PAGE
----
Following each Presidential election, the media talks about "red" and "blue" states. But in most cases, that's highly misleading.
Yes, it's true that the electoral college system generally allocates all electoral votes to the candidate who wins a state's popular vote (Maine and Nebraska also allocate electoral votes by individual Congressional districts). But it's hardly accurate to call a state "red" or "blue" when the winning candidate captures 51 percent of the electorate.
Moreover, calling a state "red" or "blue" associates that state with Republican or Democratic policies. So, what to make of Florida? About 51% of voters there chose Donald Trump for President. But 61% voted for a $15 minimum wage, a policy almost universally derided by Republican politicians.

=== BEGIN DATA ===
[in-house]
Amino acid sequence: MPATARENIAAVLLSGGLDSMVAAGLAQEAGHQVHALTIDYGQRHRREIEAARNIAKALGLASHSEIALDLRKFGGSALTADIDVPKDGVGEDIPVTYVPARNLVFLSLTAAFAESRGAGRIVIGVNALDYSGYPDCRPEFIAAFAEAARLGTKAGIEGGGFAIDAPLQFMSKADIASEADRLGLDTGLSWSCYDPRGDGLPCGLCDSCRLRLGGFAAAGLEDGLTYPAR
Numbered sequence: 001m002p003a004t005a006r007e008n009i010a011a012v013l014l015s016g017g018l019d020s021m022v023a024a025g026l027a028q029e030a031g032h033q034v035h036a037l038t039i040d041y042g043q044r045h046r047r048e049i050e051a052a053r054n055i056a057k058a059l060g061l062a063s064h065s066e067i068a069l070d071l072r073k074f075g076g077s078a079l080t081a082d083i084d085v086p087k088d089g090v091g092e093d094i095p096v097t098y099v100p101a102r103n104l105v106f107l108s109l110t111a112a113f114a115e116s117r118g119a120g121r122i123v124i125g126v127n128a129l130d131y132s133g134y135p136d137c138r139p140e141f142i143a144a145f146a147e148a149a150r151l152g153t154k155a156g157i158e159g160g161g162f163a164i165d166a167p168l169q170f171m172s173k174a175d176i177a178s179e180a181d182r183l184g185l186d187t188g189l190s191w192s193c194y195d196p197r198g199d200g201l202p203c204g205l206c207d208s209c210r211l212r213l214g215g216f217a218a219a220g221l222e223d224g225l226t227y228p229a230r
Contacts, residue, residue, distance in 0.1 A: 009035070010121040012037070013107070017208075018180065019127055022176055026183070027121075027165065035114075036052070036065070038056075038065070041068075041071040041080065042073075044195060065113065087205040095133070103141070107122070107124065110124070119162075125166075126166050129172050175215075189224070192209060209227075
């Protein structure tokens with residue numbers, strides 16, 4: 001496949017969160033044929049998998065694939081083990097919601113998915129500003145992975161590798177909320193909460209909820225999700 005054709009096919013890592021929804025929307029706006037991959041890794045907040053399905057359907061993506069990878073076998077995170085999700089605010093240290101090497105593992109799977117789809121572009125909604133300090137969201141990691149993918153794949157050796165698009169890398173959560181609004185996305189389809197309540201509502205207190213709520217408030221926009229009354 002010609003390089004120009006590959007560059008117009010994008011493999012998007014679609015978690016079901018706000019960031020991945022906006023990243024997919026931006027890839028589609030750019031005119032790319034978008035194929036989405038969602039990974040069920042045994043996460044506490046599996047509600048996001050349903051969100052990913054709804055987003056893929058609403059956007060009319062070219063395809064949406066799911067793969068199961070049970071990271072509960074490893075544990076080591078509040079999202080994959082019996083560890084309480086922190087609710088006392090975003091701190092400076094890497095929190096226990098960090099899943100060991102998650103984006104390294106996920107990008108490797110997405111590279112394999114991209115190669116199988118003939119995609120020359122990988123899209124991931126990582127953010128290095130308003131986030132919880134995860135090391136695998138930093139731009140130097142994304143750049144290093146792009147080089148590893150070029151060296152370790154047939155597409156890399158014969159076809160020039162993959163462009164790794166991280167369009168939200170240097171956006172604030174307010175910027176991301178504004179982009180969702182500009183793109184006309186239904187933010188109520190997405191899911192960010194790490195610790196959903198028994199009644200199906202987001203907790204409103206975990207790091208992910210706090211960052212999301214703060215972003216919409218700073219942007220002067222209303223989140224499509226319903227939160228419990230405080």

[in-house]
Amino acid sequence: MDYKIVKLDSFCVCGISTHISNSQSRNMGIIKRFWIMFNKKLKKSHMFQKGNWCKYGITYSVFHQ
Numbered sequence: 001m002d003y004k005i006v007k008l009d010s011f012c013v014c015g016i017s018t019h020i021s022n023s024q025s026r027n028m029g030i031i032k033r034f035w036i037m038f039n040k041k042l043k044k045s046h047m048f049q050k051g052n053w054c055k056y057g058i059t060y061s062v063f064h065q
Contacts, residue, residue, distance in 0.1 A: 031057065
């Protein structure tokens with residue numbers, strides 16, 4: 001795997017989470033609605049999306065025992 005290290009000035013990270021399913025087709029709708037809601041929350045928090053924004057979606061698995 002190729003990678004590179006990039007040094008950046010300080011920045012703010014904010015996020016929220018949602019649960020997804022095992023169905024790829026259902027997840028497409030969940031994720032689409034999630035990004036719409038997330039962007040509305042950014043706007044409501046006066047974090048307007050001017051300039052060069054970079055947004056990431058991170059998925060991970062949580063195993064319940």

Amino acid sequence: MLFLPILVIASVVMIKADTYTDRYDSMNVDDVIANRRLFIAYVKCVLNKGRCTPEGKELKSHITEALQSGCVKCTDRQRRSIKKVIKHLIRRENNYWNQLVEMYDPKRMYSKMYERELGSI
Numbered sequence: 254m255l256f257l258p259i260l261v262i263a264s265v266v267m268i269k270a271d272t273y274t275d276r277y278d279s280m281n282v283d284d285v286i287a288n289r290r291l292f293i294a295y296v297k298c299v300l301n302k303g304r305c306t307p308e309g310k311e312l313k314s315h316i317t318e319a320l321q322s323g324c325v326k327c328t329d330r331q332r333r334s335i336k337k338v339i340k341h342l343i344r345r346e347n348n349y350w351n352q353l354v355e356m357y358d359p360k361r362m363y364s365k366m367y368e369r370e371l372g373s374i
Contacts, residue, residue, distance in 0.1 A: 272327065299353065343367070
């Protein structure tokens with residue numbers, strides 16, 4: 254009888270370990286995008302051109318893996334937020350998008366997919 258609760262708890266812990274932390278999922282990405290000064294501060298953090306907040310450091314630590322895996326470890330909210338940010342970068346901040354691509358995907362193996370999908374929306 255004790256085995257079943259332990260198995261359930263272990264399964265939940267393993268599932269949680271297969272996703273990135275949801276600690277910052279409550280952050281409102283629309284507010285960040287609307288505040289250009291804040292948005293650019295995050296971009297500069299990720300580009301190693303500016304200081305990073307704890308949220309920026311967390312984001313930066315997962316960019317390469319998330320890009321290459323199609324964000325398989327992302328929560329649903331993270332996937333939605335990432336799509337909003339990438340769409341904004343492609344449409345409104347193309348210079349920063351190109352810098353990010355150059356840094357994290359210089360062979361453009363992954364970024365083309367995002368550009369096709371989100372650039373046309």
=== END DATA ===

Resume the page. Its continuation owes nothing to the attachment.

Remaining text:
Dwight Kealy has been thinking about this issue. Kealy is a Professor of Law in the College of Business, Department of Finance, at New Mexico State University. He is also an attorney licensed to practice law in New Mexico and California.
Kealy provided the maps on this page and talked with Fred Maritno about how more of us should see the United States with a purple hue.